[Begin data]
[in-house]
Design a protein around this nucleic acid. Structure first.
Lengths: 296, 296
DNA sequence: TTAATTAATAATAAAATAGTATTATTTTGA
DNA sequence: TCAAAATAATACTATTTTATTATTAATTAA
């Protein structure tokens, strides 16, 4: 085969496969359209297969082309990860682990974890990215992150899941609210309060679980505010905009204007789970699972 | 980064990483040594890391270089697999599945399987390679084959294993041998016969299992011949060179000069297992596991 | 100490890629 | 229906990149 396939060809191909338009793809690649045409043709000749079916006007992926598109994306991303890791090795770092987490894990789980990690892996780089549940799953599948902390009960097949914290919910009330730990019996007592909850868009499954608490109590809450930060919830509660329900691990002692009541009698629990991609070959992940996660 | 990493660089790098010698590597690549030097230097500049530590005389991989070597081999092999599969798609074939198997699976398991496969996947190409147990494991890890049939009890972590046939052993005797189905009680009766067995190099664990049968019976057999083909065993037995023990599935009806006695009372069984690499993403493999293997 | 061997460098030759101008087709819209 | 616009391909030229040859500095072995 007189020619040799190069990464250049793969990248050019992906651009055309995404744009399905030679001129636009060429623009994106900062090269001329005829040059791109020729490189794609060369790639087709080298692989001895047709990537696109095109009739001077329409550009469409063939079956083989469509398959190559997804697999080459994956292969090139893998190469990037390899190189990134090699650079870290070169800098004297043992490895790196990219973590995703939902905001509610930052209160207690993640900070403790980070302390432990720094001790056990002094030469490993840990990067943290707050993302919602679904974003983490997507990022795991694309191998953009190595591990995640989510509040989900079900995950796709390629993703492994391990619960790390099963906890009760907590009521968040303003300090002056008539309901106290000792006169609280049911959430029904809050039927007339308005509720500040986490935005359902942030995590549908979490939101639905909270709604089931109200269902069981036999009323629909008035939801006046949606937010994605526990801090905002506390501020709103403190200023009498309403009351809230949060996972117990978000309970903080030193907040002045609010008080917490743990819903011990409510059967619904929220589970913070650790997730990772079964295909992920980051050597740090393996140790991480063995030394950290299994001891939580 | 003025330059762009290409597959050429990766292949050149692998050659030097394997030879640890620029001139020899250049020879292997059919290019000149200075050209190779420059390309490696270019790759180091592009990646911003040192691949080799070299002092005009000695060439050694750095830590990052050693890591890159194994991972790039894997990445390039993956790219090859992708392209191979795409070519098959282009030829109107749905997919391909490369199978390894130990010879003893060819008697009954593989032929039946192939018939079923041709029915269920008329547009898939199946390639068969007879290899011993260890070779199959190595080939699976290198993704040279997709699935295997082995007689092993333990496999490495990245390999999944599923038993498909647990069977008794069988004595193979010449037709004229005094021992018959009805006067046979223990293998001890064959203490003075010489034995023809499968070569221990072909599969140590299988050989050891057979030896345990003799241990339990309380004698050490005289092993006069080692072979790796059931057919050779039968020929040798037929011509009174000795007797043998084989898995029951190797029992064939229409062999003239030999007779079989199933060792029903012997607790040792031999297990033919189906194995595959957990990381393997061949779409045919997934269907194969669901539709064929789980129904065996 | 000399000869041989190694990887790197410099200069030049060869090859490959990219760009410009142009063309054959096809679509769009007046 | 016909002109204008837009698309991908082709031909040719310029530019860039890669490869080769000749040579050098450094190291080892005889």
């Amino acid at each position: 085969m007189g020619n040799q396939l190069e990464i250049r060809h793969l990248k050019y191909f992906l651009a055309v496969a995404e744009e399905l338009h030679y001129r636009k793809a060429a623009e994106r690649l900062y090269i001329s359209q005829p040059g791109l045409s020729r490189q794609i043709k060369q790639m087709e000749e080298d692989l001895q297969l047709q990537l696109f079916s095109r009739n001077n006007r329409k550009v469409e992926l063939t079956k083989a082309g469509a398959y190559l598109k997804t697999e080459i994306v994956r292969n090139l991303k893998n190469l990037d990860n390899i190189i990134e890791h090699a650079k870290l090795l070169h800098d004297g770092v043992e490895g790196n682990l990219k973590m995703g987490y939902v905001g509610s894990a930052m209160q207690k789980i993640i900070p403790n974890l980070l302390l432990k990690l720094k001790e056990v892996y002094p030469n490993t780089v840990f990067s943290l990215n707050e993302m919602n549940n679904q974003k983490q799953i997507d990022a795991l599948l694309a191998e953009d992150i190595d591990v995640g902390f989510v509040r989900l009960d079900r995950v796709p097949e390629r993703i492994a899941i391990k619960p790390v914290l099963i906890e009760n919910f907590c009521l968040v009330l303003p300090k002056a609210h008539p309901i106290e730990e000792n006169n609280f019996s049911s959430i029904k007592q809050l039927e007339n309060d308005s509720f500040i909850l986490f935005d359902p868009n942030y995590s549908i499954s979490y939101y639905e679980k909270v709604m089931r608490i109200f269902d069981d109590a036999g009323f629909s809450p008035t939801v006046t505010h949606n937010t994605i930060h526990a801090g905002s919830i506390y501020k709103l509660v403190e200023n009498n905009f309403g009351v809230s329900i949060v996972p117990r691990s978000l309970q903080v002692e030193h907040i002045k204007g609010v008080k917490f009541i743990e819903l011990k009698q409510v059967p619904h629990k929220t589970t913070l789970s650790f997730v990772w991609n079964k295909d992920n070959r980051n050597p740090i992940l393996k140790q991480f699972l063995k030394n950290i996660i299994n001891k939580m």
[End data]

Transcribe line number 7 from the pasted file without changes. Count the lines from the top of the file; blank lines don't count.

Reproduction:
């Amino acid at each position: 085969m007189g020619n040799q396939l190069e990464i250049r060809h793969l990248k050019y191909f992906l651009a055309v496969a995404e744009e399905l338009h030679y001129r636009k793809a060429a623009e994106r690649l900062y090269i001329s359209q005829p040059g791109l045409s020729r490189q794609i043709k060369q790639m087709e000749e080298d692989l001895q297969l047709q990537l696109f079916s095109r009739n001077n006007r329409k550009v469409e992926l063939t079956k083989a082309g469509a398959y190559l598109k997804t697999e080459i994306v994956r292969n090139l991303k893998n190469l990037d990860n390899i190189i990134e890791h090699a650079k870290l090795l070169h800098d004297g770092v043992e490895g790196n682990l990219k973590m995703g987490y939902v905001g509610s894990a930052m209160q207690k789980i993640i900070p403790n974890l980070l302390l432990k990690l720094k001790e056990v892996y002094p030469n490993t780089v840990f990067s943290l990215n707050e993302m919602n549940n679904q974003k983490q799953i997507d990022a795991l599948l694309a191998e953009d992150i190595d591990v995640g902390f989510v509040r989900l009960d079900r995950v796709p097949e390629r993703i492994a899941i391990k619960p790390v914290l099963i906890e009760n919910f907590c009521l968040v009330l303003p300090k002056a609210h008539p309901i106290e730990e000792n006169n609280f019996s049911s959430i029904k007592q809050l039927e007339n309060d308005s509720f500040i909850l986490f935005d359902p868009n942030y995590s549908i499954s979490y939101y639905e679980k909270v709604m089931r608490i109200f269902d069981d109590a036999g009323f629909s809450p008035t939801v006046t505010h949606n937010t994605i930060h526990a801090g905002s919830i506390y501020k709103l509660v403190e200023n009498n905009f309403g009351v809230s329900i949060v996972p117990r691990s978000l309970q903080v002692e030193h907040i002045k204007g609010v008080k917490f009541i743990e819903l011990k009698q409510v059967p619904h629990k929220t589970t913070l789970s650790f997730v990772w991609n079964k295909d992920n070959r980051n050597p740090i992940l393996k140790q991480f699972l063995k030394n950290i996660i299994n001891k939580m």